Linda Brookes, MSc

Disclosures

October 17, 2013

In This Article

Head and Neck Cancer: A Changing Profile

Editor's Note: The increasing incidence of human papillomavirus (HPV)-positive head and neck cancer prompts questions about management approaches to this evolving disease. At the 2013 European Cancer Congress in Amsterdam, The Netherlands, Dr. Pernille Lassen, researcher from Aarhus University Hospital in Aarhus, Denmark, presented an update on management strategies and then spoke with Linda Brookes, for Medscape, to discuss the clinical implications in greater depth.

The reported prevalence of oropharyngeal carcinomas attributable to HPV varies strikingly by geographical region, with the highest rates in North America and Japan (over 50%) and Europe (approximately 40%), according to the most recent data.[1] However, these figures may be low. Citing the national population-based database maintained by the Danish Head and Neck Cancer Group (DAHANCA), Dr. Pernille Lassen reported a striking 12-fold increase in oropharyngeal cancer between 1977 and 2012, with HPV-positive disease increasing from 37% to 74%. This mirrors what has been seen elsewhere in Europe[2] and in the United States,[3] Dr. Lassen pointed out.

A striking feature of HPV-positive disease is that patients are typically diagnosed with large lymph nodes and so are often in advanced clinical stages at presentation. Nonetheless, they have a better prognosis than HPV-negative patients. As Dr. Lassen explained, "HPV-induced carcinogenesis involves significantly fewer genetic alterations/mutations than carcinogenesis independent of HPV (tobacco), which renders HPV-positive tumors as very receptive to treatment." But an increasing number of patients are being identified with tumors with carcinogenic features from both HPV and tobacco use. "In terms of clinical outcome, these patients fare significantly worse than those with pure HPV-induced tumors and somewhat better than those with HPV-negative (tobacco-induced) carcinomas," Dr. Lassen noted. "These tumors with dual/mixed etiology represent a challenge both in terms of molecular biology and treatment selection," she acknowledged.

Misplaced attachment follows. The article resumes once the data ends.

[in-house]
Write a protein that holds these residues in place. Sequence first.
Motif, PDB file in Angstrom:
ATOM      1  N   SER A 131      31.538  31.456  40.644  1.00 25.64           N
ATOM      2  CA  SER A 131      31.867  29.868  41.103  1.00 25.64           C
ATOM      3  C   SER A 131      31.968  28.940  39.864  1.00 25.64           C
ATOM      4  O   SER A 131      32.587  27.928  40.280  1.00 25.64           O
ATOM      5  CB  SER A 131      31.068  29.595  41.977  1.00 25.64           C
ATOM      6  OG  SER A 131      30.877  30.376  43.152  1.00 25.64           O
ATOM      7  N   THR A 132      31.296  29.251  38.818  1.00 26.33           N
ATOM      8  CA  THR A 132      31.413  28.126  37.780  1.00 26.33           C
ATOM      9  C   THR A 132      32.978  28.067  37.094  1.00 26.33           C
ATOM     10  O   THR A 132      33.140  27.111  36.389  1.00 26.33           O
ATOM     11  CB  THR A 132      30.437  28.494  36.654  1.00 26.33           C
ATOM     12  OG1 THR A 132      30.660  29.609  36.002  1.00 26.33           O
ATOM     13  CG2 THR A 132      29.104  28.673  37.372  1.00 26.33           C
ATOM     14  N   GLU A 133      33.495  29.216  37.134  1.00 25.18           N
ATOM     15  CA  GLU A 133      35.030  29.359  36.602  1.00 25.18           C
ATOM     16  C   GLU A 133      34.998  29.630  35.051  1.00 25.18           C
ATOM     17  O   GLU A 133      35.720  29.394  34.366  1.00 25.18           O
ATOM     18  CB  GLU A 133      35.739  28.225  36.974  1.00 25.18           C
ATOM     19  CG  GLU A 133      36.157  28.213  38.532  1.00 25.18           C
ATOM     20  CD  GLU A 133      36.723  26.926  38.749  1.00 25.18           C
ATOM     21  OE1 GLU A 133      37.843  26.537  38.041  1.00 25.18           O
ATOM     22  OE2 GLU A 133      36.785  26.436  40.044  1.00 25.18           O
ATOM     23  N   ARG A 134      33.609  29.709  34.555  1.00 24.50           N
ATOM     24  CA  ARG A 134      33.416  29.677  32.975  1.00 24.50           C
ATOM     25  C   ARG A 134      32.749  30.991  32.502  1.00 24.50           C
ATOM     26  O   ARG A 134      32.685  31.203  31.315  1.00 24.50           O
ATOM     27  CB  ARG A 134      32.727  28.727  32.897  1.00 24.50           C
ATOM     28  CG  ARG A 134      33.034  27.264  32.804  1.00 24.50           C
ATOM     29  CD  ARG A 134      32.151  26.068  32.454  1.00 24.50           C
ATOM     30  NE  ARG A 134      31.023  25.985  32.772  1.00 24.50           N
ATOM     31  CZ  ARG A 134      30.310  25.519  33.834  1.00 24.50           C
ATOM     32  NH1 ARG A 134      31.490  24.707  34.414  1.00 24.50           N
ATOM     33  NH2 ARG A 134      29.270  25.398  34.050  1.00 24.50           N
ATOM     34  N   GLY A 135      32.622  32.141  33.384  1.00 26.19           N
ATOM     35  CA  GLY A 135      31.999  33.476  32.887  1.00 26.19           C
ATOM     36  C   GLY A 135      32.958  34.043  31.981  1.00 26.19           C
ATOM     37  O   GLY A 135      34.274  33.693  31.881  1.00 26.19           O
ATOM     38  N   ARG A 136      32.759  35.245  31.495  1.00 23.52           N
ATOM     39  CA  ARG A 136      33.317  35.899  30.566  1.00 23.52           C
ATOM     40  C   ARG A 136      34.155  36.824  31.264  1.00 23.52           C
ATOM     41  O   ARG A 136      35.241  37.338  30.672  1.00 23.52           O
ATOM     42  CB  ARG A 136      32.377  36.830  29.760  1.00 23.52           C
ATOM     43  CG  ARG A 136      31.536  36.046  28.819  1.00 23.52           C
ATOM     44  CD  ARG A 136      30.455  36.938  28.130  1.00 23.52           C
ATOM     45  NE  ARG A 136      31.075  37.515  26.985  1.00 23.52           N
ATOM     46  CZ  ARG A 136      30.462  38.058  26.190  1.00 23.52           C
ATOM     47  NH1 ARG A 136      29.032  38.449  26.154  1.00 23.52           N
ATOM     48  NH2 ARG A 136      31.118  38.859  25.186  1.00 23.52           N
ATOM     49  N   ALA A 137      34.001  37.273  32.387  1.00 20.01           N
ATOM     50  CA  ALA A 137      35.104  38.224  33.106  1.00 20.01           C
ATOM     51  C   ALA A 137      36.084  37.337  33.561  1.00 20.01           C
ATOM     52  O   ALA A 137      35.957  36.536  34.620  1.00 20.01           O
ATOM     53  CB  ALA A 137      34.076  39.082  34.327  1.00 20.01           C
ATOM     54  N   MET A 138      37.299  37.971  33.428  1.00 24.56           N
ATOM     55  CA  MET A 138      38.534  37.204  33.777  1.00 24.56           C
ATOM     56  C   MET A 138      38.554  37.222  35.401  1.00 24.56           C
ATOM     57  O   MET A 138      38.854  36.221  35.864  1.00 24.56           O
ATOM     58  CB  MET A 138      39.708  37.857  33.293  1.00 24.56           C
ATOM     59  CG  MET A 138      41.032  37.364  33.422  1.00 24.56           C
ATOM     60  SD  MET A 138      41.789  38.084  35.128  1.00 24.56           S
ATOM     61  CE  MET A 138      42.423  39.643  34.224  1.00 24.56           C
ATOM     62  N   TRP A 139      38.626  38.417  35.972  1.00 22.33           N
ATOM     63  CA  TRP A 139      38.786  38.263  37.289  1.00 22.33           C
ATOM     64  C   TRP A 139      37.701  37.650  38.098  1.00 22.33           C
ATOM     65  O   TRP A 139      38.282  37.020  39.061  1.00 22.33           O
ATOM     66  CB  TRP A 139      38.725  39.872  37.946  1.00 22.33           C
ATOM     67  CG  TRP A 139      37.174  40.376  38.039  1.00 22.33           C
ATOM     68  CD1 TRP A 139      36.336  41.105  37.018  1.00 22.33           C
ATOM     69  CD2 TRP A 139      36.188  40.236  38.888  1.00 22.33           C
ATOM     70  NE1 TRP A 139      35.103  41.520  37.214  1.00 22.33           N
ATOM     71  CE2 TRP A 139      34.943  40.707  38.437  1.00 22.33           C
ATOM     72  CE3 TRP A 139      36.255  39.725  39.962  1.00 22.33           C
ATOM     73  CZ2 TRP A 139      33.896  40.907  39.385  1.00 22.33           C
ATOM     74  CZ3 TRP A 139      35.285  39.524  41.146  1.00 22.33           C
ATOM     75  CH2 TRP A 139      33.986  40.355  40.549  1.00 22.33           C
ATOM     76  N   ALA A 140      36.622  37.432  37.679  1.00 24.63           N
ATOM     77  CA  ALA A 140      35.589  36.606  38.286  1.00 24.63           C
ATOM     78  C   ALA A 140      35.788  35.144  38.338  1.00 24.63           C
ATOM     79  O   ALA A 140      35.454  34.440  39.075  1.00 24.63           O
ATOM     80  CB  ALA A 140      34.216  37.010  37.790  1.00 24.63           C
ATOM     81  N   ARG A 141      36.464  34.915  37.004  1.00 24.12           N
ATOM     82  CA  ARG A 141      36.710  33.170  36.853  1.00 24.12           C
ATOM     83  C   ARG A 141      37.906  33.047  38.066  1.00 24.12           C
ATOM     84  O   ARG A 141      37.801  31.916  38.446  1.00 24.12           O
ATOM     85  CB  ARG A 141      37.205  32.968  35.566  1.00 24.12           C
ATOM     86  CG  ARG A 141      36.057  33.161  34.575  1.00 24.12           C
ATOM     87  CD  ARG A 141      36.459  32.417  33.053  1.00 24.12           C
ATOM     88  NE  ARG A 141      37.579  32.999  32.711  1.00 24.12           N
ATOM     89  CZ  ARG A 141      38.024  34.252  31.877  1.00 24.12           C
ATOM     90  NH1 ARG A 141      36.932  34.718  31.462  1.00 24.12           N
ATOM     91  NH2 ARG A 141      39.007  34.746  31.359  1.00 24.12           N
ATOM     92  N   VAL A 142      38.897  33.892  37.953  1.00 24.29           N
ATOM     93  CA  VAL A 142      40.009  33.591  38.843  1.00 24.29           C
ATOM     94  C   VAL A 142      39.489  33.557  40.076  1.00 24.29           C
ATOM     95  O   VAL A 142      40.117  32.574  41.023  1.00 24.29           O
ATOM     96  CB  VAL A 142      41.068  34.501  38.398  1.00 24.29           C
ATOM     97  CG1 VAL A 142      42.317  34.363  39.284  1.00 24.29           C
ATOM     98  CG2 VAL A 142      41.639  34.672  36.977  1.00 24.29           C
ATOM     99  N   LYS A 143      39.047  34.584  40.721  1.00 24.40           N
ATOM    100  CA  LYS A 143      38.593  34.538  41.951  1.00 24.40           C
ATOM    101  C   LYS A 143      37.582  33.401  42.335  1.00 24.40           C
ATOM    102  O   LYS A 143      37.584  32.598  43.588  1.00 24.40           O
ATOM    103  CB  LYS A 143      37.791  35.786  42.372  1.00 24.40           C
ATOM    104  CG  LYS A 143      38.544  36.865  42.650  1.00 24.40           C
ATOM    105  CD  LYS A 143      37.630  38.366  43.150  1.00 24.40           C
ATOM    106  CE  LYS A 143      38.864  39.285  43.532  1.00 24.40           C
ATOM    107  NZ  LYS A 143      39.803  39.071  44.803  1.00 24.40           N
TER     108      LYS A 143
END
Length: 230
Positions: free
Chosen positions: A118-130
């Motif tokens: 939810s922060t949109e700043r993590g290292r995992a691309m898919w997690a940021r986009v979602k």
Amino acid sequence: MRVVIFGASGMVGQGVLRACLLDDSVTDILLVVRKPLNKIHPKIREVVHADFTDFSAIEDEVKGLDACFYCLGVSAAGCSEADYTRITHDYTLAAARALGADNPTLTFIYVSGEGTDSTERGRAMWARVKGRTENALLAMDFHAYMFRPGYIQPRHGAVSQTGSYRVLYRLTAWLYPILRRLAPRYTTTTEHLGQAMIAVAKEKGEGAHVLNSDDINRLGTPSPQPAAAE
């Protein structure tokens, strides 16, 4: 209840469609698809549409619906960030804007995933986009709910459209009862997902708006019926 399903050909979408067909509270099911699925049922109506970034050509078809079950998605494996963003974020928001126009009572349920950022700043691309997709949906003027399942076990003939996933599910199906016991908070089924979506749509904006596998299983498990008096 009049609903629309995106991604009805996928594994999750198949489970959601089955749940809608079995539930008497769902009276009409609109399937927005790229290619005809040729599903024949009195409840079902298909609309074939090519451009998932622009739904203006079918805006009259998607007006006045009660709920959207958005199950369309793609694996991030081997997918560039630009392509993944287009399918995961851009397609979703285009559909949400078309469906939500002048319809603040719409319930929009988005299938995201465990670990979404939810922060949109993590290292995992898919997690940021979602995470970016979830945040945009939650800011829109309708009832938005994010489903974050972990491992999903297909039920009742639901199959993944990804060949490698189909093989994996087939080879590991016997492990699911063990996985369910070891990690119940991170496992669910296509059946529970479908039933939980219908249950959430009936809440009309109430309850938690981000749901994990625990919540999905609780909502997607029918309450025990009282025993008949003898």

HPV Detection

Of the more than 150 different HPV subtypes identified to date, high-risk HPV type 16 represents over 90% of virus isolated in HPV-positive head and neck cancers. In randomized clinical trials of head and neck cancer, tumor HPV/p16 status has been shown to be the strongest independent prognostic factor for tumor control and survival, although this prognostic impact is apparently limited to oropharyngeal cancer. For risk stratification and prognostication, p16 immunohistochemistry (IHC) appears to be useful and easily implementable in daily clinical practice.

"At present we continue to use p16-IHC to detect HPV in head and neck cancer, but we have adapted the system to integrate tumor morphology," Dr. Lassen reported.[4,5] She noted that a Dutch group recently proposed increasing accuracy with a combined algorithm using IHC with p16INK4A immunostaining followed by high-risk HPV general primer 5+/6+ DNA PCR.[6] Comparing it with the gold standard, E6/E7 mRNA detection, the group reported "excellent" performance (100%) in terms of both specificity and sensitivity. They also found that about 5% of tumors were p16-positive but HPV DNA-negative. These patients showed significantly less favorable survival than patients with p16-positive and HPV DNA-positive tumors and might represent overlapping etiology, Dr. Lassen suggested.

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